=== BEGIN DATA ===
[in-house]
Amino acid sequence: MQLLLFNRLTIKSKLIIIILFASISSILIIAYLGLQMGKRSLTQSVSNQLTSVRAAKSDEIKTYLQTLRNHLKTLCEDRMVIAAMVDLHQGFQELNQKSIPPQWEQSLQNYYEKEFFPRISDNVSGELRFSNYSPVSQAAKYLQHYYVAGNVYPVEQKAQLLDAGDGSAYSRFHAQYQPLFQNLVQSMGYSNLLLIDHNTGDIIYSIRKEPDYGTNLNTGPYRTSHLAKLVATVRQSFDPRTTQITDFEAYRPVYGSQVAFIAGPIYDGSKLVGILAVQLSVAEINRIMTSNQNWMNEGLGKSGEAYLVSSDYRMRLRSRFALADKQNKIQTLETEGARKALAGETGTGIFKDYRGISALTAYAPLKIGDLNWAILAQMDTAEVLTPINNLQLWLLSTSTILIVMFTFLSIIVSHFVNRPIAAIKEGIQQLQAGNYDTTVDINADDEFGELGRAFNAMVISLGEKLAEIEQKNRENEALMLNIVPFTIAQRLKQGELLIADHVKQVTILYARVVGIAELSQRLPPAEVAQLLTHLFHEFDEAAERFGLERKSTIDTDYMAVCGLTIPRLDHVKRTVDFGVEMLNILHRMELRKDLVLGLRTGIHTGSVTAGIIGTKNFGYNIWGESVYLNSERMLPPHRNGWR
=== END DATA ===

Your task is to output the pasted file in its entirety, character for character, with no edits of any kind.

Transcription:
[in-house]
Amino acid sequence: MQLLLFNRLTIKSKLIIIILFASISSILIIAYLGLQMGKRSLTQSVSNQLTSVRAAKSDEIKTYLQTLRNHLKTLCEDRMVIAAMVDLHQGFQELNQKSIPPQWEQSLQNYYEKEFFPRISDNVSGELRFSNYSPVSQAAKYLQHYYVAGNVYPVEQKAQLLDAGDGSAYSRFHAQYQPLFQNLVQSMGYSNLLLIDHNTGDIIYSIRKEPDYGTNLNTGPYRTSHLAKLVATVRQSFDPRTTQITDFEAYRPVYGSQVAFIAGPIYDGSKLVGILAVQLSVAEINRIMTSNQNWMNEGLGKSGEAYLVSSDYRMRLRSRFALADKQNKIQTLETEGARKALAGETGTGIFKDYRGISALTAYAPLKIGDLNWAILAQMDTAEVLTPINNLQLWLLSTSTILIVMFTFLSIIVSHFVNRPIAAIKEGIQQLQAGNYDTTVDINADDEFGELGRAFNAMVISLGEKLAEIEQKNRENEALMLNIVPFTIAQRLKQGELLIADHVKQVTILYARVVGIAELSQRLPPAEVAQLLTHLFHEFDEAAERFGLERKSTIDTDYMAVCGLTIPRLDHVKRTVDFGVEMLNILHRMELRKDLVLGLRTGIHTGSVTAGIIGTKNFGYNIWGESVYLNSERMLPPHRNGWR